For example, in the ’80s, Italian neurologist Claudio Stampi began to look into the benefits of polyphasic schedules. He noticed his fellow sailors adopting altered sleep without much difficulty and with many upsides. For one of Stampi’s experiments he observed Francesco Jost, a Swiss artist, practicing polyphasic sleep for 49 days at his home. After the initial shock to his body, Jost’s concentration and mood stayed relatively consistent, though he had trouble waking up at times. With minimal side effects in the short term, Jost squeezed five more hours out of his days. (The long-term impacts of these sleep schedules is unstudied.)
Today, amateurs on the Internet have undertaken their own studies of polyphasic sleep. Reportedly, Puredoxyk coined the Uberman schedule, which requires six naps of no longer than 30 minutes — typically at 2 p.m., 6 p.m., 10 p.m., 2 a.m., 6 a.m., and 10 a.m. In total, you get about three hours of sleep per day.
Personal development speaker Steve Pavlina adopted this sleep schedule for a brief time with impressive results. He listed boredom — not decreased concentration or sleepiness — as a major problem. In fact, he only reverted back to monophasic sleep to spend more time during the day with his wife and kids.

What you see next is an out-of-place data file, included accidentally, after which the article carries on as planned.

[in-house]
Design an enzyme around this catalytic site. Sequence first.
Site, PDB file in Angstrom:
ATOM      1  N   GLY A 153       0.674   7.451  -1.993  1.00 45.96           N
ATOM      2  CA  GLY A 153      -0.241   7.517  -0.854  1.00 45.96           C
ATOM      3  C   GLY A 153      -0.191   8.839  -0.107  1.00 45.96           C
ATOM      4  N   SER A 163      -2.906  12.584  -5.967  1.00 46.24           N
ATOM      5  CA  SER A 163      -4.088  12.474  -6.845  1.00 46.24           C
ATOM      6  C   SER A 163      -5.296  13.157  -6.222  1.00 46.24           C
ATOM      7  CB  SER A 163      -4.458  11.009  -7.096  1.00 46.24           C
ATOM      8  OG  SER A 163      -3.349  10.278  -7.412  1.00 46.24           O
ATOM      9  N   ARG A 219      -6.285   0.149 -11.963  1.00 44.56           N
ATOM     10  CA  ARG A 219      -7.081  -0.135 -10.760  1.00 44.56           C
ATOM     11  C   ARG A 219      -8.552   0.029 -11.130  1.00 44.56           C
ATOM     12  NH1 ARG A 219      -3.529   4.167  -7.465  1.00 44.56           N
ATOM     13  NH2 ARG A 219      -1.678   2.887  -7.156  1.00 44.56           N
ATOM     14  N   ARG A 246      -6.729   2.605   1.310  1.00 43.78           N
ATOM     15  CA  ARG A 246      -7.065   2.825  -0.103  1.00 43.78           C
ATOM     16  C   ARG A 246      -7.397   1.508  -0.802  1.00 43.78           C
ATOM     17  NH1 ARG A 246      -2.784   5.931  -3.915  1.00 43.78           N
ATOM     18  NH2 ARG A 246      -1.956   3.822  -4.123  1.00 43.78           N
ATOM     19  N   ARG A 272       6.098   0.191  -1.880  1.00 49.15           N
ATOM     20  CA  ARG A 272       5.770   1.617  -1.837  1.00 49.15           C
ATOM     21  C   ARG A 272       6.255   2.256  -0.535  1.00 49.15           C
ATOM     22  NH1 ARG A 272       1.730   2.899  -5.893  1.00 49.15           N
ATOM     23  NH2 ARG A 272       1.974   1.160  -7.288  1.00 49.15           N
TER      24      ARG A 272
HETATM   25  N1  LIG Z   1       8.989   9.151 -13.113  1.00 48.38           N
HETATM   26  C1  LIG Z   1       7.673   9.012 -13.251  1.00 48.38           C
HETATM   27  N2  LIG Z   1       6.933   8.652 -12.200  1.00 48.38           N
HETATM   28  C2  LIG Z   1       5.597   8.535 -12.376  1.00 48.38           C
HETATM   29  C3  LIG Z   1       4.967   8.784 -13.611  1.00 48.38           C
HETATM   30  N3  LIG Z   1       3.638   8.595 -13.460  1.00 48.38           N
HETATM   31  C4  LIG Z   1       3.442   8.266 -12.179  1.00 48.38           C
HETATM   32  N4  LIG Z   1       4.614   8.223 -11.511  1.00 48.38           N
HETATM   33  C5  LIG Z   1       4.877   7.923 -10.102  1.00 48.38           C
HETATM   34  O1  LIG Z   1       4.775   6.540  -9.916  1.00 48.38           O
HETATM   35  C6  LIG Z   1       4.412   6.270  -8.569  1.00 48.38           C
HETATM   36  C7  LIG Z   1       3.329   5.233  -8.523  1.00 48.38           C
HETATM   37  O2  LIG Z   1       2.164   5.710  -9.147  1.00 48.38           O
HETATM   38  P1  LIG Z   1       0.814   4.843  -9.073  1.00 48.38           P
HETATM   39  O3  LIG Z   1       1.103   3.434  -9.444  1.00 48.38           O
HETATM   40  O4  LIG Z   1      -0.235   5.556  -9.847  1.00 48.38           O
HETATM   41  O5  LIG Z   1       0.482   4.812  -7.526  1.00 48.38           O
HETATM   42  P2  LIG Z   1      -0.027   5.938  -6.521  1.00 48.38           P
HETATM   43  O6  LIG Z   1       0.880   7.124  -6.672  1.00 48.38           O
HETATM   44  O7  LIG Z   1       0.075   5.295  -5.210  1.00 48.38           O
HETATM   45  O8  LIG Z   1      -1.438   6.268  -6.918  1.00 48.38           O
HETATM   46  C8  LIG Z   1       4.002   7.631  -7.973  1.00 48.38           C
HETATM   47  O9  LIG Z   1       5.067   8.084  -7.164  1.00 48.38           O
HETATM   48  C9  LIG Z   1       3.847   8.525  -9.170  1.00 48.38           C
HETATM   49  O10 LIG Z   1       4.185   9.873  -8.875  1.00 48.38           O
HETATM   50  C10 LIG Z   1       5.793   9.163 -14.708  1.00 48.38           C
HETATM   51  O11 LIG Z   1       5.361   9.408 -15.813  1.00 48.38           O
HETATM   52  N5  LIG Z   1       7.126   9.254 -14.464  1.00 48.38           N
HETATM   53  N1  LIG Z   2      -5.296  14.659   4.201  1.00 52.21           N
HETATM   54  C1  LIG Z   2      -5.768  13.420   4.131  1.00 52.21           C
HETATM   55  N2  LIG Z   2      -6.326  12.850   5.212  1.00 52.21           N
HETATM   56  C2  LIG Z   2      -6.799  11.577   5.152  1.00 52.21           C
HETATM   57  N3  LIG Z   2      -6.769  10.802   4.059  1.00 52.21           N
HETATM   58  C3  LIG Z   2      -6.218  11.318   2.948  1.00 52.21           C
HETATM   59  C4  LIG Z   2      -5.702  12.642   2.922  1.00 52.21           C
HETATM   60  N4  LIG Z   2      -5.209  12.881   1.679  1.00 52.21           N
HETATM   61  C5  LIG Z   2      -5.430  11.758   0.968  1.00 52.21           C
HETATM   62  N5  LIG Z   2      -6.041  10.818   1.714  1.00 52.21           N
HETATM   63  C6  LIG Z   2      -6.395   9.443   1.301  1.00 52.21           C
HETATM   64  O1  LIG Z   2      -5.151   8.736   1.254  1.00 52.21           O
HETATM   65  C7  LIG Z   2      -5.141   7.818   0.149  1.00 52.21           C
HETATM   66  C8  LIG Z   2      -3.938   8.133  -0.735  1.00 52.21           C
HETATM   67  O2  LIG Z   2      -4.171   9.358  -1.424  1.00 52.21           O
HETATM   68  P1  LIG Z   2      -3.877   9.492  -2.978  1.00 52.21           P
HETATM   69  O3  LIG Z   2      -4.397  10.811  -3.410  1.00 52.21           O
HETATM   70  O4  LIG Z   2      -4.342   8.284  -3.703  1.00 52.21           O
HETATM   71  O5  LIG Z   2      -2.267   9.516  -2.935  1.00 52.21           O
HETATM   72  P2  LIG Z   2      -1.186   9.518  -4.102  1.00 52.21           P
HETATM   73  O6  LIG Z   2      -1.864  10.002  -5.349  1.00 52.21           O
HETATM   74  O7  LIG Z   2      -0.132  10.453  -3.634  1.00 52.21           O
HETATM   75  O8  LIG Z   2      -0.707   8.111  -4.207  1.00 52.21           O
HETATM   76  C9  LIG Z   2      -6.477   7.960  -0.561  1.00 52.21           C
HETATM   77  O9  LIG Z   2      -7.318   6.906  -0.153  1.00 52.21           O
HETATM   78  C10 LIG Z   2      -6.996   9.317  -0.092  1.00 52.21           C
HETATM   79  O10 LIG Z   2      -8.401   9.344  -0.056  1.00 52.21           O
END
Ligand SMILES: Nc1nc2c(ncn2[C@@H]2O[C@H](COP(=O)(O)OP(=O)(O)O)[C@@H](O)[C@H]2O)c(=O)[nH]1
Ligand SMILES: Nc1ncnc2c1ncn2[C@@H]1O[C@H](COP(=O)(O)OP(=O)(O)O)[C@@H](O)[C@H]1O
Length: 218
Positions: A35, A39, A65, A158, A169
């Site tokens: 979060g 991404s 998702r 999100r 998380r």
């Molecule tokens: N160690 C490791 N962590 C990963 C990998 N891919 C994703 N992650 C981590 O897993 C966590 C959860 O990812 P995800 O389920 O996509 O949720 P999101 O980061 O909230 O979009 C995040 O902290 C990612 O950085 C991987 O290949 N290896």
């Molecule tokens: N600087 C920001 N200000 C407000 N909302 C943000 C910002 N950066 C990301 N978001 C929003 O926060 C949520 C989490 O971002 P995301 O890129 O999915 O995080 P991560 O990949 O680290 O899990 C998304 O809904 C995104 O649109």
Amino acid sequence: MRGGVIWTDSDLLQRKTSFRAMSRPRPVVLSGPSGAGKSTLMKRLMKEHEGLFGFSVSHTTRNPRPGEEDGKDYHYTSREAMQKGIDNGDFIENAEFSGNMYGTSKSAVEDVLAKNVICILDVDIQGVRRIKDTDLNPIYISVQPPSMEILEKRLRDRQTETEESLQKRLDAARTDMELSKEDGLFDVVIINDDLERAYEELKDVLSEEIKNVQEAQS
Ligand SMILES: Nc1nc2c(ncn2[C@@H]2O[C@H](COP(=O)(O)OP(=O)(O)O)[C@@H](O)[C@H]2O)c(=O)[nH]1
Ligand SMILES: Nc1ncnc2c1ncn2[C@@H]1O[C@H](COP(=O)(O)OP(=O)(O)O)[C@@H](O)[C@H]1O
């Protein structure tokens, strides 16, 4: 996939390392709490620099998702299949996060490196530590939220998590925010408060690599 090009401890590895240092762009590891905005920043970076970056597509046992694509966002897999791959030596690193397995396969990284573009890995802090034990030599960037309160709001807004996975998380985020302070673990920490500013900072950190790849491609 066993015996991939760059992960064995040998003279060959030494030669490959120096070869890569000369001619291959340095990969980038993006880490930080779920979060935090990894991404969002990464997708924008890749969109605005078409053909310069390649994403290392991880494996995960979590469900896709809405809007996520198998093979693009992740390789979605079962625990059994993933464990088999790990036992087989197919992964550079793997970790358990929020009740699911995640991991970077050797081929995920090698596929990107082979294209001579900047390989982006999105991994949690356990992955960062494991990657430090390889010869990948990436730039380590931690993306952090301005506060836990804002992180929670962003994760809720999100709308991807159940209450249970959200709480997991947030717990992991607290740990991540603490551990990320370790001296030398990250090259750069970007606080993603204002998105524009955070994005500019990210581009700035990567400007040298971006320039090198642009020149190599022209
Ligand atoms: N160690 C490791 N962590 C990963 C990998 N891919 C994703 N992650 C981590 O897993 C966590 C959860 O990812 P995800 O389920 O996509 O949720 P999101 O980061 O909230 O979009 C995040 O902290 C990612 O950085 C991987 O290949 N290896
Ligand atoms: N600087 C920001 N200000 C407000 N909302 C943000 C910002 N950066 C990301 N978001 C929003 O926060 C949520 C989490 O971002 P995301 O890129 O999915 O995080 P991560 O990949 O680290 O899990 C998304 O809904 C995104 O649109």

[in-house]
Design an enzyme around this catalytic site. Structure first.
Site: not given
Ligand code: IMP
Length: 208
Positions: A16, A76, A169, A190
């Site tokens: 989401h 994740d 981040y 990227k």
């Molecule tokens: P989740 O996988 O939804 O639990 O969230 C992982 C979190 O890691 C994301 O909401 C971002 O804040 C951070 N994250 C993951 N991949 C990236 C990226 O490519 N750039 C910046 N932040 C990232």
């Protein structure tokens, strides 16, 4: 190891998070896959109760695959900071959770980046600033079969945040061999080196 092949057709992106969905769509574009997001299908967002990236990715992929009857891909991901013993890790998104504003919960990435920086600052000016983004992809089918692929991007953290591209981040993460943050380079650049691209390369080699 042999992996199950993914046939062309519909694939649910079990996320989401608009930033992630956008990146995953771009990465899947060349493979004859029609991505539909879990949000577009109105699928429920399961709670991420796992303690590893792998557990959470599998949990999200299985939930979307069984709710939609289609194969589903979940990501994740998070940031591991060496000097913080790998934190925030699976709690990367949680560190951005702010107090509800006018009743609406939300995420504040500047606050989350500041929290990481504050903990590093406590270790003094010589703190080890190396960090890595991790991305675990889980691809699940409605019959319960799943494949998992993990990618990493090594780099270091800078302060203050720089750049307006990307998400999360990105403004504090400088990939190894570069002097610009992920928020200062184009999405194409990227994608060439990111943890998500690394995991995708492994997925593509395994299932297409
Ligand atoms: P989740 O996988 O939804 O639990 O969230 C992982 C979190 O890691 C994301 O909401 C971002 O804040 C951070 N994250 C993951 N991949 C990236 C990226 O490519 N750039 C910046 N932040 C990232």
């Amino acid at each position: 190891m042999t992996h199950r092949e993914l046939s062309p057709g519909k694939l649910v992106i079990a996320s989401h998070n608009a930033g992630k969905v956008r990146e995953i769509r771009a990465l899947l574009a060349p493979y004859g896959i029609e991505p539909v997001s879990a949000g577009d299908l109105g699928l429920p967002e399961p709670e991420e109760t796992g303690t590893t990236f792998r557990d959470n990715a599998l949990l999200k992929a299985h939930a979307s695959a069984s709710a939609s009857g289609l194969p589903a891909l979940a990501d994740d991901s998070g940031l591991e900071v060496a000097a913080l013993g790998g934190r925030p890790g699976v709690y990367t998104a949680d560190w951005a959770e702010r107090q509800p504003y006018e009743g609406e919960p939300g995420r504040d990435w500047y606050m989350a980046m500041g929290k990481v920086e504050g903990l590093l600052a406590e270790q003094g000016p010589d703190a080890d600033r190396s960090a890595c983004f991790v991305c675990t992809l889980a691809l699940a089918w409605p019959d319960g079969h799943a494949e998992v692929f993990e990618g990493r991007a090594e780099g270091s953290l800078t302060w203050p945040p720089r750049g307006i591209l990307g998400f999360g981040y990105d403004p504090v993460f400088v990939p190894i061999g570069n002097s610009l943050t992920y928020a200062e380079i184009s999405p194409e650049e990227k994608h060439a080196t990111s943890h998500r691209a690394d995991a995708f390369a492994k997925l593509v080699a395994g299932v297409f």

Puredoxyk supposedly created the Everyman schedule, as well. Everyman sleepers snooze for three hours, usually from 1 a.m. to 4 a.m., and then take three 20 minute naps, one at 9 a.m., 2 p.m., and 9 p.m. Puredoxyk said she preferred this version to the Uberman. She listed chiropractic benefits as well as breaking up the workday and having more time for hobbies, school, and her daughter. Read about her transition here.
One theory supporting these alternate sleep schedules suggests that human evolution favoured polyphasic sleep. A 2007 report from the Journal of Sleep Research found that the majority of animals sleep on polyphasic schedules, and they theorize humans probably wouldn’t have evolved differently. Of course, the unique human brain may have different needs than the brains of other animals.
We know that most people follow monophasic sleep cycles, involving multiple cycles of around 90 minutes of non-rapid eye movement sleep followed by a brief period rapid eye movement (REM) sleep. We don’t know, however, the exact purpose of these stages.
“I probably have a more cynical view than most, but I don’t think that we know what part of sleep is the most restful,” Bianchi said. Most likely, different phases of sleep have different restorative effects.
Lacking a good understanding of monophasic sleep, science struggles even more to understand polyphasic sleep. And some question whether polyphasic sleepers get enough REM sleep.